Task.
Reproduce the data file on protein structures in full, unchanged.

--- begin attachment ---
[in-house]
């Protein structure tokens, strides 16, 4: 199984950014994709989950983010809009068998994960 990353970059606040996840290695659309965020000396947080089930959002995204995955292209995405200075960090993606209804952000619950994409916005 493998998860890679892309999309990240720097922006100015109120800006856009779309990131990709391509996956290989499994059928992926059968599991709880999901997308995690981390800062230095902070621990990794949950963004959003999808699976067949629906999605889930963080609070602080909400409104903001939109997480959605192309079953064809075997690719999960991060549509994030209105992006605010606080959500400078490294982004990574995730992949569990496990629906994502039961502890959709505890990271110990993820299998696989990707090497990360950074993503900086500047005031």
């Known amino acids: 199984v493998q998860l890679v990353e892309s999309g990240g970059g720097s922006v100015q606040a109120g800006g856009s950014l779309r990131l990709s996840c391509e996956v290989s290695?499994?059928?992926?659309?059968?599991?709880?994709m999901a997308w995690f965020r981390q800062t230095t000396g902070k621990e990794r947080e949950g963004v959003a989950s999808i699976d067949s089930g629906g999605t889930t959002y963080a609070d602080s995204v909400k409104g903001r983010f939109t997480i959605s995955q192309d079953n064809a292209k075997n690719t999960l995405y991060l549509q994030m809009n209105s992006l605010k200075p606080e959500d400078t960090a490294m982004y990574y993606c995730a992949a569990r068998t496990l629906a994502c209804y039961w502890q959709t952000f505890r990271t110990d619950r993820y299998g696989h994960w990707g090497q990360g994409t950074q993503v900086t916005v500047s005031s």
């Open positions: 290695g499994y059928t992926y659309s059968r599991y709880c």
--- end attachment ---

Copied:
[in-house]
């Protein structure tokens, strides 16, 4: 199984950014994709989950983010809009068998994960 990353970059606040996840290695659309965020000396947080089930959002995204995955292209995405200075960090993606209804952000619950994409916005 493998998860890679892309999309990240720097922006100015109120800006856009779309990131990709391509996956290989499994059928992926059968599991709880999901997308995690981390800062230095902070621990990794949950963004959003999808699976067949629906999605889930963080609070602080909400409104903001939109997480959605192309079953064809075997690719999960991060549509994030209105992006605010606080959500400078490294982004990574995730992949569990496990629906994502039961502890959709505890990271110990993820299998696989990707090497990360950074993503900086500047005031």
């Known amino acids: 199984v493998q998860l890679v990353e892309s999309g990240g970059g720097s922006v100015q606040a109120g800006g856009s950014l779309r990131l990709s996840c391509e996956v290989s290695?499994?059928?992926?659309?059968?599991?709880?994709m999901a997308w995690f965020r981390q800062t230095t000396g902070k621990e990794r947080e949950g963004v959003a989950s999808i699976d067949s089930g629906g999605t889930t959002y963080a609070d602080s995204v909400k409104g903001r983010f939109t997480i959605s995955q192309d079953n064809a292209k075997n690719t999960l995405y991060l549509q994030m809009n209105s992006l605010k200075p606080e959500d400078t960090a490294m982004y990574y993606c995730a992949a569990r068998t496990l629906a994502c209804y039961w502890q959709t952000f505890r990271t110990d619950r993820y299998g696989h994960w990707g090497q990360g994409t950074q993503v900086t916005v500047s005031s």
């Open positions: 290695g499994y059928t992926y659309s059968r599991y709880c």